Department of Pharmacology, Faculty of Pharmacy, University of Seville, 41012 Seville, Spain, Laboratory of Cellular and Molecular Nutrition, Instituto de la Grasa, Spanish National Research Council (CSIC), 41012 Seville, Spain
Non-drug varieties of Cannabis sativa L., collectively namely as “hemp”, have been an interesting source of food, fiber, and medicine for thousands of years. The ever-increasing demand for vegetables oils has made it essential to characterize additional vegetable oil through innovative uses of its components.
The lipid profile showed that linoleic (55%), α-linolenic (16%), and oleic (11%) were the most abundant fatty acids. A yield (1.84–1.92%) of unsaponifiable matter was obtained, and the most interesting compounds were β-sitosterol (1905.00 ± 59.27 mg/kg of oil), campesterol (505.69 ± 32.04 mg/kg of oil), phytol (167.59 ± 1.81 mg/kg of oil), cycloartenol (90.55 ± 3.44 mg/kg of oil), and γ-tocopherol (73.38 ± 2.86 mg/100 g of oil). This study is an interesting contribution for C. sativa L. consideration as a source of bioactive compounds contributing to novel research applications for hemp seed oil in the pharmaceutical, cosmetic food, and other non-food industries.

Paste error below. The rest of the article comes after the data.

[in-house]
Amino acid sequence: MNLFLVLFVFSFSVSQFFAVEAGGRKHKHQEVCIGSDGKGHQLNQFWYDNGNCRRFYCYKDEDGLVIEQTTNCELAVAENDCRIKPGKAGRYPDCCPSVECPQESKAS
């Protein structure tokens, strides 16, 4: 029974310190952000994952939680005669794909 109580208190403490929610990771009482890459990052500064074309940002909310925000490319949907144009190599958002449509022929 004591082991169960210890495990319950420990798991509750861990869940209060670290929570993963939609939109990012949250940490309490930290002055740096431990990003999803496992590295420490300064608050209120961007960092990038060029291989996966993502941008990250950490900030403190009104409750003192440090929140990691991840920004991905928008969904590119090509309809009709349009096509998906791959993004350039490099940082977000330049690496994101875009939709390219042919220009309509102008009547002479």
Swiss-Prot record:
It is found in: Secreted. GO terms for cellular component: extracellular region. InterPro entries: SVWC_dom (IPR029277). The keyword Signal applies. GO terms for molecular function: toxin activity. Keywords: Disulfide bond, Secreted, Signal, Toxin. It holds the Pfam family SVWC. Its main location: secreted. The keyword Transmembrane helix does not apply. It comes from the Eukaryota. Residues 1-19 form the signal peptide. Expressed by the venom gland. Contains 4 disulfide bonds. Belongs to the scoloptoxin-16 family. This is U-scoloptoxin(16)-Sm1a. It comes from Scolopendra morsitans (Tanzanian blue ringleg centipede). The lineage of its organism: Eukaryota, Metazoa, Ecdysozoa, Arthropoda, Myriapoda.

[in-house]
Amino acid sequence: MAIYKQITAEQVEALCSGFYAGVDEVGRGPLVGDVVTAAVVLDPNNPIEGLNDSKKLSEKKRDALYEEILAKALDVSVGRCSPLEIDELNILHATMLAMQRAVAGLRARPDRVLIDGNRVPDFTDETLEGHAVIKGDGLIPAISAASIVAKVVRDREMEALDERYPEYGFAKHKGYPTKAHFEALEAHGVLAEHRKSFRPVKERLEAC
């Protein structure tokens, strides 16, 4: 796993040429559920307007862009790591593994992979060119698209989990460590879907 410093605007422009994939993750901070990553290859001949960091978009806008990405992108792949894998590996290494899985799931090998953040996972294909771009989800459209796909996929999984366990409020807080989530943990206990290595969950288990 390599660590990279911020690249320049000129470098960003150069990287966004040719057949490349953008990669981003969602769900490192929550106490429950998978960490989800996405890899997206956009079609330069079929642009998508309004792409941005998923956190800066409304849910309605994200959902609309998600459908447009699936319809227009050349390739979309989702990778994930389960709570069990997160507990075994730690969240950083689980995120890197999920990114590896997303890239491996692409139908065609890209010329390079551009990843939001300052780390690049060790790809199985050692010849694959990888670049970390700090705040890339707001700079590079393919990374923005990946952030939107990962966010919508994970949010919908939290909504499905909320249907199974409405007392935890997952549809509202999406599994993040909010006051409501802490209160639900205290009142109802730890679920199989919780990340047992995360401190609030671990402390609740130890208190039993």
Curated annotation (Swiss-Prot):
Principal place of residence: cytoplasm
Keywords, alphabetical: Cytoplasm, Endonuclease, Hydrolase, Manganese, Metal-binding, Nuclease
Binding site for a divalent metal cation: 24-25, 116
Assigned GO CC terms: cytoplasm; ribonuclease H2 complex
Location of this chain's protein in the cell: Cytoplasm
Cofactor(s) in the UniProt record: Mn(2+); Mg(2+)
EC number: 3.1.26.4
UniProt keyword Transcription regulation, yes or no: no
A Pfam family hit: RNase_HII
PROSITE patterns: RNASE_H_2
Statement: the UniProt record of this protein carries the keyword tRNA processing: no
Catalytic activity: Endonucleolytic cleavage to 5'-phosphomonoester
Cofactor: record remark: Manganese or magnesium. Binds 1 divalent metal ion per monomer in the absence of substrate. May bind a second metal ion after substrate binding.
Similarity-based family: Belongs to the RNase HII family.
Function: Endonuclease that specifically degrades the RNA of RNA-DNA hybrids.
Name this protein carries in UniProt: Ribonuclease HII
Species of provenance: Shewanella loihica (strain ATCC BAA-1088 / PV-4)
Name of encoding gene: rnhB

See also: Kannaway ™ Gold Premium Hemp Oil.
Keywords: Cannabis sativa; fatty acids; hemp; phytol; sterols; tocopherols; vegetable oils.
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The original text taken from a:
Montserrat-De La Paz, S., et al. "Hemp (Cannabis sativa L.) seed oil: analytical and phytochemical characterization of the unsaponifiable fraction." Journal of agricultural and food chemistry 62.5 (2014): 1105-1110.